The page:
Our Leadership


  • MYTH: J Street’s Advisory Council is anti-Israel.

  • FACT: J Street’s Advisory Council consists of over 200 prominent Americans – including former members of Congress, rabbis, former Jewish community leaders and professionals, and many others. Click here for the full list.

    Some on the Council have been publicly critical of Israeli policy – and so has J Street, at times. We do not equate opposition to the policies of a particular Israeli government or official with being anti- Israel – just as we don’t equate opposition to a particular American party or official with being anti- American.

    We have a particular view on the policies that would be most beneficial to Israel and to the United States – and we realize that there are those who disagree. We urge an open and robust debate on the merits of our positions and an end to ad hominem attacks and name.

    It is worth noting as well that J Street has the support of numerous Israeli security officials, foreign officers, politicians, writers, and artists. Click here for that list and to see a video featuring prominent Israeli supporters of J Street.

  • MYTH: J Street’s polling is compromised by the fact that its pollster Jim Gerstein served on its Board of Directors.

  • FACT: J Street publicly releases the survey methodology, composition of the sample and the full question wording for our polls of American Jews. This full disclosure and transparency reflects J Street’s commitment to opening up its research to professional scrutiny and is unparalleled among other organizations conducting public opinion research of American Jews.

    Some who disagree with J Street choose to attack the credibility of our pollster, rather than debate the views held by the vast majority of American Jews. Jim Gerstein’s role as a founding member of J Street’s Board of Directors has in no way influenced his accuracy as a pollster, or the recorded opinions of American Jews.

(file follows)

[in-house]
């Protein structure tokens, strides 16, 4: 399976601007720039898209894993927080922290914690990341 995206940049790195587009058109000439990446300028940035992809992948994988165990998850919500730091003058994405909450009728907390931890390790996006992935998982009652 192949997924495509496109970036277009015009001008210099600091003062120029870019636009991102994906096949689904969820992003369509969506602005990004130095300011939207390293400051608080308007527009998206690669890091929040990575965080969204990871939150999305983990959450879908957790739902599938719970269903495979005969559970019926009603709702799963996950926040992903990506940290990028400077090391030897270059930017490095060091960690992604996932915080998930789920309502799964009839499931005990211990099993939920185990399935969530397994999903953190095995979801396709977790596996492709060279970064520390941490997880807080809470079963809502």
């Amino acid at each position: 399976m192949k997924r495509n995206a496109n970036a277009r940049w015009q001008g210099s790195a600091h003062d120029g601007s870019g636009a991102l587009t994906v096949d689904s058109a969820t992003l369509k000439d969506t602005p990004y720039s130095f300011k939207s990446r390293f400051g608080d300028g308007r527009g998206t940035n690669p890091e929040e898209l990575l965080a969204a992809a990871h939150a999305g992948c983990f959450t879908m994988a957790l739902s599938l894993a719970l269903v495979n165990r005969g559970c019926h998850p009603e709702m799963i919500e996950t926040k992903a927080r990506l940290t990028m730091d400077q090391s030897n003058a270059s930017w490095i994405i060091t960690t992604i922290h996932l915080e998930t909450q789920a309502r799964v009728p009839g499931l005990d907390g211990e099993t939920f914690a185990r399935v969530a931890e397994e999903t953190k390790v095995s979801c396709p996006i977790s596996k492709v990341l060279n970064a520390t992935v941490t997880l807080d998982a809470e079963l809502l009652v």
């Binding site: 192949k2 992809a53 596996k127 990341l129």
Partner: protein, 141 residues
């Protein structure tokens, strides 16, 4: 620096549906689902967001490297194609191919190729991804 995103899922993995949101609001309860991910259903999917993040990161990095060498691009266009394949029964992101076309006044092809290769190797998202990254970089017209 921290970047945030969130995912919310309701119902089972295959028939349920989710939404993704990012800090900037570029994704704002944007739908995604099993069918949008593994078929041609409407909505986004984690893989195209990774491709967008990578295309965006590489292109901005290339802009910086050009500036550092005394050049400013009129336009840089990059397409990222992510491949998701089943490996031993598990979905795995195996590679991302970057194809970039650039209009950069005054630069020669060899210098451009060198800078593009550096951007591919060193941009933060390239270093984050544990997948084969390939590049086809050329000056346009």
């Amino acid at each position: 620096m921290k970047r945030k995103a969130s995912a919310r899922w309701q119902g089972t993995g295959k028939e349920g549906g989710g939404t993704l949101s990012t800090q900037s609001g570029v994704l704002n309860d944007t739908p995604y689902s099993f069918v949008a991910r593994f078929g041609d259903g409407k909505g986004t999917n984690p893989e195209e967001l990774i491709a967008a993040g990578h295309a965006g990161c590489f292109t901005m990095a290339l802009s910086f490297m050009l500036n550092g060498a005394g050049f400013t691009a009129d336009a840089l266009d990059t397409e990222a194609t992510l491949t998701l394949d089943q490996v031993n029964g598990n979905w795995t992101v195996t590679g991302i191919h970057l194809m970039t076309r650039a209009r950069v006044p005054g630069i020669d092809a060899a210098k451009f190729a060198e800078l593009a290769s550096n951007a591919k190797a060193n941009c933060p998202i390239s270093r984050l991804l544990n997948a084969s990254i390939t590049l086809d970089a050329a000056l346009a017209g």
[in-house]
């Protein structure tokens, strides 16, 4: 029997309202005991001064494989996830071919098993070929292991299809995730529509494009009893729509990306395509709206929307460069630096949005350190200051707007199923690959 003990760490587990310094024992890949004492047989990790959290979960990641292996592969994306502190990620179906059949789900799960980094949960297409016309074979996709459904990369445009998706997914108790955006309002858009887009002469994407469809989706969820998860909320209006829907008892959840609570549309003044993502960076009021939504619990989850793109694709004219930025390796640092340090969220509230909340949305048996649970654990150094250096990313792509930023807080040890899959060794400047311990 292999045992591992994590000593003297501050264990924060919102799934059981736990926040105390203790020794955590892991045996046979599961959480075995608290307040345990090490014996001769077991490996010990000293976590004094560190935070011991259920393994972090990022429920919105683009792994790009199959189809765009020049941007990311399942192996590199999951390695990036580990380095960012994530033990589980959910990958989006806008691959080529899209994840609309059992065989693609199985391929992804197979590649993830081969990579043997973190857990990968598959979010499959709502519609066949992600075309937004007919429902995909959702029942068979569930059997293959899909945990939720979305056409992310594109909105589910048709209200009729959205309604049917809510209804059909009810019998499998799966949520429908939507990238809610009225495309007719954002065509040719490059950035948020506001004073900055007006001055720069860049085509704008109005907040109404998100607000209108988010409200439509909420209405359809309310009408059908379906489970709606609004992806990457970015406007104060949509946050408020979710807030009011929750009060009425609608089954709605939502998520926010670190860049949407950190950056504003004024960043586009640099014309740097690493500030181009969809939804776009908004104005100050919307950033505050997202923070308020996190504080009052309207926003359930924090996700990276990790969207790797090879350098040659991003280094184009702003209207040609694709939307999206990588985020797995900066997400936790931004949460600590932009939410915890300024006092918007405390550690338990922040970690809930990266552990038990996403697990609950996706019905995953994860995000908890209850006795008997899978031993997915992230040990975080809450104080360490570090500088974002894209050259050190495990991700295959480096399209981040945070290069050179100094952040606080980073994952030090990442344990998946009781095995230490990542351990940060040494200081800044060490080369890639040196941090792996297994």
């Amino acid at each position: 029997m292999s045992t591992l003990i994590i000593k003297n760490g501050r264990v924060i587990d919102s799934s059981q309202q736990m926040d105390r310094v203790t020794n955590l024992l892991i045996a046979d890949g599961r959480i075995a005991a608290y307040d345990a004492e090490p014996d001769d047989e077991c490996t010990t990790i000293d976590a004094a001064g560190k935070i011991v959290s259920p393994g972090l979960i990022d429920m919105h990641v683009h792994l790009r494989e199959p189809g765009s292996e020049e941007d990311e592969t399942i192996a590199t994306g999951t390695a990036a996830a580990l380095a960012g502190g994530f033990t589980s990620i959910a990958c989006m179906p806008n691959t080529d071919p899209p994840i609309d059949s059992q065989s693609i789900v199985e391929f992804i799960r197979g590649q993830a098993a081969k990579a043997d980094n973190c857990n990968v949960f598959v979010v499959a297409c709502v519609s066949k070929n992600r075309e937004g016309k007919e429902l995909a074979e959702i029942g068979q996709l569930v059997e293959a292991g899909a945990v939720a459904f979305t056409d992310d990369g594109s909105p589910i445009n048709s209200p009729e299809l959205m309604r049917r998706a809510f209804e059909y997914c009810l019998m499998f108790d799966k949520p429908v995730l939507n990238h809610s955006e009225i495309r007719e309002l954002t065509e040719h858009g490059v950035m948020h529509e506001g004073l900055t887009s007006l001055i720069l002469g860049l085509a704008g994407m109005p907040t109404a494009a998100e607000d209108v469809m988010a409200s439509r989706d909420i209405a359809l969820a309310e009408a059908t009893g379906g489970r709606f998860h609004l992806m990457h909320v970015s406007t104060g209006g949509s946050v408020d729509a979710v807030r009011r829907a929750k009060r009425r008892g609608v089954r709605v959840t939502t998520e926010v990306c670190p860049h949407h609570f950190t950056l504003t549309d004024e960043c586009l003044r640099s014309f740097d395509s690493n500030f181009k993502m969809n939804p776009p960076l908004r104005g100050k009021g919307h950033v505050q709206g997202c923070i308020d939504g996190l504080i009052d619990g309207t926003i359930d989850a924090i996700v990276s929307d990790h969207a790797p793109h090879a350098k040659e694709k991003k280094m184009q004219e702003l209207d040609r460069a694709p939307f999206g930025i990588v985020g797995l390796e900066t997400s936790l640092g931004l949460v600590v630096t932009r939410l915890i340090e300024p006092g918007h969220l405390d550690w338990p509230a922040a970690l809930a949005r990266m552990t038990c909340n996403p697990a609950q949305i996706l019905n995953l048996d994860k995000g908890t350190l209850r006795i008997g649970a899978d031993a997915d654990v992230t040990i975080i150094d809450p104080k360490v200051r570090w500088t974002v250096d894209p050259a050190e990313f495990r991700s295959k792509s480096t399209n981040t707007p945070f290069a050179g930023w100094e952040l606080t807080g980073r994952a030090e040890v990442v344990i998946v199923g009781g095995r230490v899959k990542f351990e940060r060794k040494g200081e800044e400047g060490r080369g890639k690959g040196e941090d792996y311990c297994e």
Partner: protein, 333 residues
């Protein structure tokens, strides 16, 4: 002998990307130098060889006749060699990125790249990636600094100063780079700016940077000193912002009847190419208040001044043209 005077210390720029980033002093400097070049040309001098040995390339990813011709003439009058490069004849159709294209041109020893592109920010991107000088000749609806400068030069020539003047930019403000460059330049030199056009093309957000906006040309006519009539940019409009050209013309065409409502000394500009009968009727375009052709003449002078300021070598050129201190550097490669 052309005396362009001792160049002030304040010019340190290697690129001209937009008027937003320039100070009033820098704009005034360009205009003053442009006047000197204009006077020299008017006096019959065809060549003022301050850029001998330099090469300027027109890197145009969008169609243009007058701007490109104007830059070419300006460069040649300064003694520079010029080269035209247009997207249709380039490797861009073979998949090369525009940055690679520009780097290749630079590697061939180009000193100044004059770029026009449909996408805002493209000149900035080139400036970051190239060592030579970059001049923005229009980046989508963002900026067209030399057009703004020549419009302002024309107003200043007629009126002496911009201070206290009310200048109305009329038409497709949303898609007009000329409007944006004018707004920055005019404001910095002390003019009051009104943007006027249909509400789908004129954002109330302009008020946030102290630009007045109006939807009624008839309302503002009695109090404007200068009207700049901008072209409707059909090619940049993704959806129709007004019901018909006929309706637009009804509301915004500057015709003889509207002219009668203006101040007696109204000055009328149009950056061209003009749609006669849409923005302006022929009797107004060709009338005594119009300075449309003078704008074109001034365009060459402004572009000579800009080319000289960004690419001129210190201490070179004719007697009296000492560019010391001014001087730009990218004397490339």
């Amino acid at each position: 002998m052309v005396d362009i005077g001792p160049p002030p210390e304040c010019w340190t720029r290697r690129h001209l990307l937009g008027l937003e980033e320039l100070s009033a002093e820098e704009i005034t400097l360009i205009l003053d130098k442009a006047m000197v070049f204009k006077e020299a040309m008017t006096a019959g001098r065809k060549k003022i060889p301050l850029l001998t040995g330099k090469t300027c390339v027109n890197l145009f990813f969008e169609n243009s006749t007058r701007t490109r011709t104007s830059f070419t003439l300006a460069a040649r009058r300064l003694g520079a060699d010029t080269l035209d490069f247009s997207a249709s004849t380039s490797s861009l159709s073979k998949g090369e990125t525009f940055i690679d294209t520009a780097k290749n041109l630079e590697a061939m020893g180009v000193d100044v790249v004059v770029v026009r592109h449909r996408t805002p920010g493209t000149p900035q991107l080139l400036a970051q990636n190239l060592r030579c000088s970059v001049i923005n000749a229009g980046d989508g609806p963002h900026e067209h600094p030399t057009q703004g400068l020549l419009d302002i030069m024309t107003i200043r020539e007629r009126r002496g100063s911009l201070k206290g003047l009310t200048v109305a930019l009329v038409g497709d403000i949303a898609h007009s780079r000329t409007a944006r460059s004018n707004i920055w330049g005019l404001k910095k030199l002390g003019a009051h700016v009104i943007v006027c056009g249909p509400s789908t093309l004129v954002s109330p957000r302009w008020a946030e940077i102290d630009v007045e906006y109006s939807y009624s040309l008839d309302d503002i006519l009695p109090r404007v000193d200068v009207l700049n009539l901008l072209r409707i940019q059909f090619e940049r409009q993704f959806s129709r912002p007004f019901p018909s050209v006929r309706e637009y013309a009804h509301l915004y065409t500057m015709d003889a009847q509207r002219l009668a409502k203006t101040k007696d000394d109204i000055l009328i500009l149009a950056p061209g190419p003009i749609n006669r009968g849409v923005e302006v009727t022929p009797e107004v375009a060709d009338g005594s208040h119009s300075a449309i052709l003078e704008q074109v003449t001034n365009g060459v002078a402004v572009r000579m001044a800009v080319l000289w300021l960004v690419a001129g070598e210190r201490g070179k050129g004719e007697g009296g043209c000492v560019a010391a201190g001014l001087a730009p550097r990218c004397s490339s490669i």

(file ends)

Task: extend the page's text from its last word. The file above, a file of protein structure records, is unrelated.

Over the past few years, J Street’s opinion research has confirmed what surveys by other organizations have shown over the years: the majority of Jewish Americans hold moderate views when it comes to Israel and the Middle East.

    A majority of Jewish Americans support a two-state solution to the Israeli-Palestinian conflict, oppose expanding settlements in the West Bank, and favor assertive American diplomacy to end the Israeli-Arab and Israeli-Palestinian conflicts. They supported Barack Obama for president by 70 percent over Mitt Romney in the 2012 elections, and they have consistently been among the most progressive American voters on a whole range of foreign and domestic policy issues.

    Gerstein’s views on Israel and the Middle East are no secret --nor is his involvement as a key and early founder of J Street.

    He was the Executive Director of the Center for Middle East Peace and Economic Cooperation for many years. He lived in Israel in the late 1990s, where he was a member of Ehud Barak’s polling and communications team, and he currently serves as secretary of the board of the American Friends of the Yitzhak Rabin Center and on the board of Americans for Peace Now.

    Much as Romney and Obama chose pollsters who shared their politics to guide them through the 2012 campaign, J Street chose Gerstein to be its lead pollster and a key strategist precisely because he combines a pro-Israel, pro-peace perspective on issues relating to Israel and the Middle East with deep expertise in analyzing American politics.

  • MYTH: J Street President and Founder Jeremy Ben-Ami is connected to work by his prior employer, Fenton Communications, for the Qatar Foundation and its “al-Fakhoora Project.”

  • FACT: As stated in his bio on our website, Jeremy Ben-Ami was a Senior Vice President at Fenton Communications from late 2004 until the end of 2007, at which time he resigned to launch J Street.